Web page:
114. 114. Microformats  and  Resources   •  Use  Microformats  to  structure  resources  where  formats   exist   –  I.e.  Use  hCard  for  contacts,  hCalendar  for  data   •  Create  your  own  formats  (sparingly)  in  other  places   –  Annotating  links  is  a  good  start   –  <link rel="" .../> –  <link rel="" type="application/atom+xml" href="{post-uri}" title="some title"> •  The  rel  attribute  describes  the  semantics  of  the  referred   resource  
  115. 115. Tech  Interlude   Hypermedia  Formats  
  116. 116. Media  Types  Rule!   •  The  Web’s  contracts  are  expressed  in  terms  of  media  types   and  link  relations   –  If  you  know  the  type,  you  can  process  the  content   •  Some  types  are  special  because  they  work  in  harmony  with   the  Web   –  We  call  these  “hypermedia  formats”  
  117. 117. (Hyper)  media  types   General   Standardised  media  type   Processing  model   Compose  application-­‐ specific  behaviours  on   Hypermedia  controls   (links  and  forms)   top  of  the  handling  of   standardised  media  types   Supported  operations   (methods,  headers  and   status  codes)   Representation  formats   (may  include  schemas)   Specific  
  118. 118. Other  Resource  Representations   •  Remember,  XML  is  not  the  only  way  a  resource  can  be   serialised   –  Remember  the  Web  is  based  on  REpresentational  State   Transfer   •  The  choice  of  representation  is  left  to  the  implementer   –  Can  be  a  standard  registered  media  type   –  Or  something  else   •  But  there  is  a  division  on  the  Web  between  two  families   –  Hypermedia  formats   •  Formats  which  host  URIs  and  links   –  Regular  formats   •  Which  don’t  
  119. 119. Plain  Old  XML  is  not  Hypermedia  Friendly   HTTP/1.1 200 OK Content-Length: 227 Content-Type: application/xml Date: Wed, 19 Nov 2008 21:48:10 GMT <order xmlns=""> <location>takeAway</location> <items> <item> <name>latte</name> Where  are  the  links?   <quantity>1</quantity> Where’s  the  protocol?   <milk>whole</milk> <size>small</size> </item> </items> <status>pending</pending> </order>
  120. 120. So  what?   •  How  do  you  know  the  next  thing  to  do?   •  How  do  you  know  the  resources  you’re  meant  to  interact   with  next?   •  In  short,  how  do  you  know  the  service’s  protocol?   –  Turn  to  WADL?  Yuck!   –  Read  the  documentation?  Come  on!   –  URI  Templates?  Tight  Coupling!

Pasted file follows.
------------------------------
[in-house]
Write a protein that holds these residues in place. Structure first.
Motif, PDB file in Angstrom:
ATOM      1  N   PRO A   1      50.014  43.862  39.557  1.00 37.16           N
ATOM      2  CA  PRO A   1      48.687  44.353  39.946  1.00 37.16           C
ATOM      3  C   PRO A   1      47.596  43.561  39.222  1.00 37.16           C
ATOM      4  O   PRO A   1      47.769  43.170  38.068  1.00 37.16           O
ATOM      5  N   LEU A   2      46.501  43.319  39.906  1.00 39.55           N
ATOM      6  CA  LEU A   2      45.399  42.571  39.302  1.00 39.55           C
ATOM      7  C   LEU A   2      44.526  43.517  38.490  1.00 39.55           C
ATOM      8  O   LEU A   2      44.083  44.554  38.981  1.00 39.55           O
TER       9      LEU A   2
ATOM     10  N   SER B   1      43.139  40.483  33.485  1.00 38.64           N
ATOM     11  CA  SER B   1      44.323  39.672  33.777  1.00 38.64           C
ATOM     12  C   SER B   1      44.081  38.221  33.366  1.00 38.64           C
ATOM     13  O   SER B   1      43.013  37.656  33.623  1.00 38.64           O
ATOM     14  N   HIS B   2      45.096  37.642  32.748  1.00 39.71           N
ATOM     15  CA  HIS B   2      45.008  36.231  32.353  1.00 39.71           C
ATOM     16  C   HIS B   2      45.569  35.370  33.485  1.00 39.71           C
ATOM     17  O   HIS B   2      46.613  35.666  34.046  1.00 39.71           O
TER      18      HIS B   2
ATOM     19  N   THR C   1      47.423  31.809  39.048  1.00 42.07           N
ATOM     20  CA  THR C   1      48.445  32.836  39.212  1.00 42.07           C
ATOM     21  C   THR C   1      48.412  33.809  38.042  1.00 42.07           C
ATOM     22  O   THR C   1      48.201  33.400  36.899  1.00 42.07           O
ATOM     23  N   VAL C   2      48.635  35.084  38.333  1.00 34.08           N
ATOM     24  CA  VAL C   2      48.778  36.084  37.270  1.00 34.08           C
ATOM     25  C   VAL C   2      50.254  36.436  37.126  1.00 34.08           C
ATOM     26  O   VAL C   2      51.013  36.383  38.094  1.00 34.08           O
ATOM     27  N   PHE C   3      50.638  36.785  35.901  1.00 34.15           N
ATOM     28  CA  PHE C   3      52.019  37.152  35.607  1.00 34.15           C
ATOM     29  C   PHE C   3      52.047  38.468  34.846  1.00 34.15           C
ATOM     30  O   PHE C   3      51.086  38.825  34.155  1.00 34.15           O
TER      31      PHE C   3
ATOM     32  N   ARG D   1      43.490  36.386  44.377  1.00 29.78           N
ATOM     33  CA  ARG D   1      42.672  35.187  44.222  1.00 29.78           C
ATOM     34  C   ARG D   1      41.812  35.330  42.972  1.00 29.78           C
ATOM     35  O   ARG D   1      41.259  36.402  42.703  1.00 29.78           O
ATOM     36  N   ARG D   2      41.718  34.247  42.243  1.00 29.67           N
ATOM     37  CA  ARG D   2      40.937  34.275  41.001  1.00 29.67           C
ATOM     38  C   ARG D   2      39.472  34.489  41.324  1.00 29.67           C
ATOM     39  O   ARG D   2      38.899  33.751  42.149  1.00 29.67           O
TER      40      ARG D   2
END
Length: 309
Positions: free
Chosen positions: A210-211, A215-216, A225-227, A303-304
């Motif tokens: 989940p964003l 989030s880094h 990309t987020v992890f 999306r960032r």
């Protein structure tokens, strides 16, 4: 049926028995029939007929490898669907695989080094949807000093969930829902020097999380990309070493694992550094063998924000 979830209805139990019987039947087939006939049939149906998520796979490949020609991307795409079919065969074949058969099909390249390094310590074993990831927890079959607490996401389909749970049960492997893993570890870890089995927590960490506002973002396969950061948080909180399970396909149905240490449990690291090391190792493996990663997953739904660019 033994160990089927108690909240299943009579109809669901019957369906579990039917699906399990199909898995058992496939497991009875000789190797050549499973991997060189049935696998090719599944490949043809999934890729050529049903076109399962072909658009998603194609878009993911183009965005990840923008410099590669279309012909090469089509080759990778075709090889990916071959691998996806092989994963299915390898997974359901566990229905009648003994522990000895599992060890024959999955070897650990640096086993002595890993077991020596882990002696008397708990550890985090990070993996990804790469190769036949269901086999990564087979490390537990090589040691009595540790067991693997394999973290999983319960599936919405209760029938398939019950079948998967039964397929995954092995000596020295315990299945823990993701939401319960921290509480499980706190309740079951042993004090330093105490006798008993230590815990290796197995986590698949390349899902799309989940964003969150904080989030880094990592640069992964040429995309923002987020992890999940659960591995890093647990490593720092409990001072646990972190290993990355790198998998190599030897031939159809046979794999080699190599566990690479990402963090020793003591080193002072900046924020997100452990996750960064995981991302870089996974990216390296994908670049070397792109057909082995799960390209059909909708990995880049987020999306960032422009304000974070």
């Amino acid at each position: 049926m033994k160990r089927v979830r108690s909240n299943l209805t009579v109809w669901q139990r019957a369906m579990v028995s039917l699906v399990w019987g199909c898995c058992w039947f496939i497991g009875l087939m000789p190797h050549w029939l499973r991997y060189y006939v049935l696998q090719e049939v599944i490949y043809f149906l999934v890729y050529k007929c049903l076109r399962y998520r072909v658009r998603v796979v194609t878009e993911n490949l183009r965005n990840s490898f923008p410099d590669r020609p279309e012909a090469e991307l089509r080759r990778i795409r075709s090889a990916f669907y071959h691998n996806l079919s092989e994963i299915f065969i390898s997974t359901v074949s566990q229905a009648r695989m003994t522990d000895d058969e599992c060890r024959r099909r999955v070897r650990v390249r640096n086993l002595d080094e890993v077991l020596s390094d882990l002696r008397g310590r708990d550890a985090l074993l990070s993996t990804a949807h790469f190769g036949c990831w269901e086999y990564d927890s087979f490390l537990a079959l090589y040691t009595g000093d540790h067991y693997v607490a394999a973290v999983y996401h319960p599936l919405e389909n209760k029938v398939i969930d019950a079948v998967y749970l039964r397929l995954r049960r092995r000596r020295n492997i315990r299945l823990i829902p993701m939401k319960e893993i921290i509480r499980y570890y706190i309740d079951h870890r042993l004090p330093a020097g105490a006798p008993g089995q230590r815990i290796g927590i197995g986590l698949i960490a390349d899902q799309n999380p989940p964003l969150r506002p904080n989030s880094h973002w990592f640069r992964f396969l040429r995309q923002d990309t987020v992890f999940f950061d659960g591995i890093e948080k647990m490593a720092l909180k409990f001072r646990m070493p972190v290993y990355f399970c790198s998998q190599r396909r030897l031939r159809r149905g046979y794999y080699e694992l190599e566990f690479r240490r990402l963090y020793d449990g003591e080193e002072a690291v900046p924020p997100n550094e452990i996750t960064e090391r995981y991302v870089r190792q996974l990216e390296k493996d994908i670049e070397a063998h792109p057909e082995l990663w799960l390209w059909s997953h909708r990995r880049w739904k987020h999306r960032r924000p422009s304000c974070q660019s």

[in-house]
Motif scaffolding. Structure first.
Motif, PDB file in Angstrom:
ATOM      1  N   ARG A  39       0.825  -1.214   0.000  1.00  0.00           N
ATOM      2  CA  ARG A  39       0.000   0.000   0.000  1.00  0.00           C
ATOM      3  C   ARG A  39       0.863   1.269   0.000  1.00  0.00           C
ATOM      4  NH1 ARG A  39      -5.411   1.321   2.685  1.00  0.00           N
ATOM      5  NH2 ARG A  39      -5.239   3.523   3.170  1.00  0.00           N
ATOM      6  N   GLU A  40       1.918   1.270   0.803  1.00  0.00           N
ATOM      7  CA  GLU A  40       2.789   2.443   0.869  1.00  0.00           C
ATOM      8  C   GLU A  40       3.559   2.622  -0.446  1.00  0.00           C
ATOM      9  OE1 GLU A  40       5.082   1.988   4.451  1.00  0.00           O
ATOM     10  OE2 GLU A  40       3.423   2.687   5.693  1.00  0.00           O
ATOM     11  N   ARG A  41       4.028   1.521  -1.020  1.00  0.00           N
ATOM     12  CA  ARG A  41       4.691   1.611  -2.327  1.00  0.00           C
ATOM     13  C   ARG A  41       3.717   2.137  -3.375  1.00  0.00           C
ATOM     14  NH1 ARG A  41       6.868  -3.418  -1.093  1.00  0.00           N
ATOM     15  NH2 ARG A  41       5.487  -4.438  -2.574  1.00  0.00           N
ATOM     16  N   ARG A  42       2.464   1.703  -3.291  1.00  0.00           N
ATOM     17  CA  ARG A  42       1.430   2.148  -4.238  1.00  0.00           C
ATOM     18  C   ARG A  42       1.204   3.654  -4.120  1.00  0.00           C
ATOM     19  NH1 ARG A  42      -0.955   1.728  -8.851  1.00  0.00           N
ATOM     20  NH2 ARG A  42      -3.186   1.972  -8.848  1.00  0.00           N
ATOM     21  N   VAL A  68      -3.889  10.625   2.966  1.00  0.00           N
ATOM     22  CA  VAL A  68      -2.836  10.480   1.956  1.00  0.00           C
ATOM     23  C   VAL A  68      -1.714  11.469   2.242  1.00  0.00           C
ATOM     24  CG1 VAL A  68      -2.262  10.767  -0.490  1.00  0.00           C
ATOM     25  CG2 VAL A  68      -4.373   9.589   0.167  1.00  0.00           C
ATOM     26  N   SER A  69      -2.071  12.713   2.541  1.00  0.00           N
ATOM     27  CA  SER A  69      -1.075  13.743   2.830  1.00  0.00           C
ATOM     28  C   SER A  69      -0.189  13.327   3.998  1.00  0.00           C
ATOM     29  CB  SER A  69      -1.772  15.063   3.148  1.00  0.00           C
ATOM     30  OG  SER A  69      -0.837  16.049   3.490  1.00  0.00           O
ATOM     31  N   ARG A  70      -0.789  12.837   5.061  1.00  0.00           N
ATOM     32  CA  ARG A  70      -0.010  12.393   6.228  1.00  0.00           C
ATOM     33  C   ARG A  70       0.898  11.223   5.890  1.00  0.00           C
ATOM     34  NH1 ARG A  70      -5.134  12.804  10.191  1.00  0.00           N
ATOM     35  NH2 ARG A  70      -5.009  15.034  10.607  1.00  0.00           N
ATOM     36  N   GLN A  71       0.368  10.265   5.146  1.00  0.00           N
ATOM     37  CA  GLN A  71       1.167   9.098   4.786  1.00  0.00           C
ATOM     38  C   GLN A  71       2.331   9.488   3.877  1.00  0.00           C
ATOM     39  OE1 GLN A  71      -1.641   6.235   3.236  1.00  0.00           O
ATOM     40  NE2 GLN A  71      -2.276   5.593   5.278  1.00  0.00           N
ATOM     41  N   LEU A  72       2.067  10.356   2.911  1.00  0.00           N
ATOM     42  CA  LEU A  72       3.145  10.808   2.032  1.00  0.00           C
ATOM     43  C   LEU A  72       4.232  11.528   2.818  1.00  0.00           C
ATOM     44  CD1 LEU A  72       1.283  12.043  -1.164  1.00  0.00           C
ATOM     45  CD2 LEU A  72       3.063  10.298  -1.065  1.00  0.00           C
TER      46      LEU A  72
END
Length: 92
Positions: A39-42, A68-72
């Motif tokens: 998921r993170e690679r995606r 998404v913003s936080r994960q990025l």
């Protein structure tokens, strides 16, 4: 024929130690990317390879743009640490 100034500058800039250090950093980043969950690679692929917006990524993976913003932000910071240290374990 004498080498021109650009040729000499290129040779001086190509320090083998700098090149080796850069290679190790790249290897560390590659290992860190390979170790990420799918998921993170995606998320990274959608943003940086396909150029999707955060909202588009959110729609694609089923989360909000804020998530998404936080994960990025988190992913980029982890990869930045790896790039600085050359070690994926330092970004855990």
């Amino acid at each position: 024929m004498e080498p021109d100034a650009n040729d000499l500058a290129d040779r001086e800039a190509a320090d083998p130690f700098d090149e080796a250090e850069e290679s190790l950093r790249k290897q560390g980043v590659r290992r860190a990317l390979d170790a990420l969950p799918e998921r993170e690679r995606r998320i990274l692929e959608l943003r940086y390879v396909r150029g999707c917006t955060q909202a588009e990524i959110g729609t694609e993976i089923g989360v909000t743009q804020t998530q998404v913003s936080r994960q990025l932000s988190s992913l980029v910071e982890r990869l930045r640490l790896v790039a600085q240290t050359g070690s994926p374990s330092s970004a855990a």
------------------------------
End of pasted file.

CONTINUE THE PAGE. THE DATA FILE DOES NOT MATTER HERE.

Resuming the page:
121. 121. URI  Templates  are  NOT  a  Hypermedia  Substitute   •  Often  URI  templates  are  used  to  advertise  all  resources  a   service  hosts   –  Do  we  really  need  to  advertise  them  all?   •  This  is  verbose   •  This  is  out-­‐of-­‐band  communication   •  This  encourages  tight-­‐coupling  to  resources  through  their   URI  template   •  This  has  the  opportunity  to  cause  trouble!   –  Knowledge  of  “deep”  URIs  is  baked  into  consuming   programs   –  Services  encapsulation  is  weak  and  consumers  will   program  to  it   –  Service  will  change  its  implementation  and  break   consumers  
  122. 122. Bad  Ideas  with  URI  Templates   •  Imagine  we’re  created  an  order,  what  next?   •  We  could  share  this  URI  template:   –{order_id} •  The  order_id  field  should  match  the  order  ID  that  came   from  the  restbucks  service   –  Sounds  great!   •  But  what  if  Restbucks  outsources  payment?   –  Change  the  URI  for  payments,  break  the  template,   break  consumers!   –  D’oh!   •  Be  careful  what  you  share!  
  123. 123. Better  Ideas  for  URI  Templates:  Entry  Points   •  Imagine  that  we  have  a  well-­‐known  entry  point  to  our   service   –  Which  corresponds  to  a  starting  point  for  a  protocol   •  Why  not  advertise  that  with  a  URI  template?   •  For  example:   –{store_id}/ {barista_id} •  Changes  infrequently   •  Is  important  to  Restbucks   •  Is  transparent,  and  easy  to  bind  to    
  124. 124. Better  Ideas  for  URI  Templates:  Documentation!   •  Services  tend  to  support   / Internal  URI   lots  of  resources   payment/ Templates   {order_id}   External  URI   •  We  need  a  shorthand  for   Templates   talking  about  a  large   number  of  resources  easily   •  We  can  use  a  URI  template   /{store}/ /order/ for  each  “type”  of   orders   {order_id}   resource  that  a  service  (or   services)  supports   •  But  we  don’t  share  this   information  with  others   /order/ –  Don’t  violate  encapsulation!   {order_id}